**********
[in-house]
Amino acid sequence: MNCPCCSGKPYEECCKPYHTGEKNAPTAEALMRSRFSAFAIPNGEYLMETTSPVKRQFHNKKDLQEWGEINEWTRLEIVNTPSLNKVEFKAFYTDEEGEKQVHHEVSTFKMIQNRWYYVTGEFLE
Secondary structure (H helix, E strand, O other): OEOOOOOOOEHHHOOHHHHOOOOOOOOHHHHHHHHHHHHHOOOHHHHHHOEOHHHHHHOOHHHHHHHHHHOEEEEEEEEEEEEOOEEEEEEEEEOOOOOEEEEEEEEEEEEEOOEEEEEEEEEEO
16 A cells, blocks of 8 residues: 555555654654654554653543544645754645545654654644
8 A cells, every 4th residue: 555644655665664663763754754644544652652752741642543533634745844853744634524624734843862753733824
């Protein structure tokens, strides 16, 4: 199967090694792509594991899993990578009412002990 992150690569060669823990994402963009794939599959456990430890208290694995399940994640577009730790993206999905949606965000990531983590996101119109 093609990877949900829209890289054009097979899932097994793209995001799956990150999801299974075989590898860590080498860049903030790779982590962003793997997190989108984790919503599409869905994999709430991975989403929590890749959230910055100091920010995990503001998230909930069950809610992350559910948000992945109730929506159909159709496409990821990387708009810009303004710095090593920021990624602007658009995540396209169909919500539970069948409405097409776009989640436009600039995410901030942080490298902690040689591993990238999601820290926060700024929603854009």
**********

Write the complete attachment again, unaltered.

[in-house]
Amino acid sequence: MNCPCCSGKPYEECCKPYHTGEKNAPTAEALMRSRFSAFAIPNGEYLMETTSPVKRQFHNKKDLQEWGEINEWTRLEIVNTPSLNKVEFKAFYTDEEGEKQVHHEVSTFKMIQNRWYYVTGEFLE
Secondary structure (H helix, E strand, O other): OEOOOOOOOEHHHOOHHHHOOOOOOOOHHHHHHHHHHHHHOOOHHHHHHOEOHHHHHHOOHHHHHHHHHHOEEEEEEEEEEEEOOEEEEEEEEEOOOOOEEEEEEEEEEEEEOOEEEEEEEEEEO
16 A cells, blocks of 8 residues: 555555654654654554653543544645754645545654654644
8 A cells, every 4th residue: 555644655665664663763754754644544652652752741642543533634745844853744634524624734843862753733824
């Protein structure tokens, strides 16, 4: 199967090694792509594991899993990578009412002990 992150690569060669823990994402963009794939599959456990430890208290694995399940994640577009730790993206999905949606965000990531983590996101119109 093609990877949900829209890289054009097979899932097994793209995001799956990150999801299974075989590898860590080498860049903030790779982590962003793997997190989108984790919503599409869905994999709430991975989403929590890749959230910055100091920010995990503001998230909930069950809610992350559910948000992945109730929506159909159709496409990821990387708009810009303004710095090593920021990624602007658009995540396209169909919500539970069948409405097409776009989640436009600039995410901030942080490298902690040689591993990238999601820290926060700024929603854009």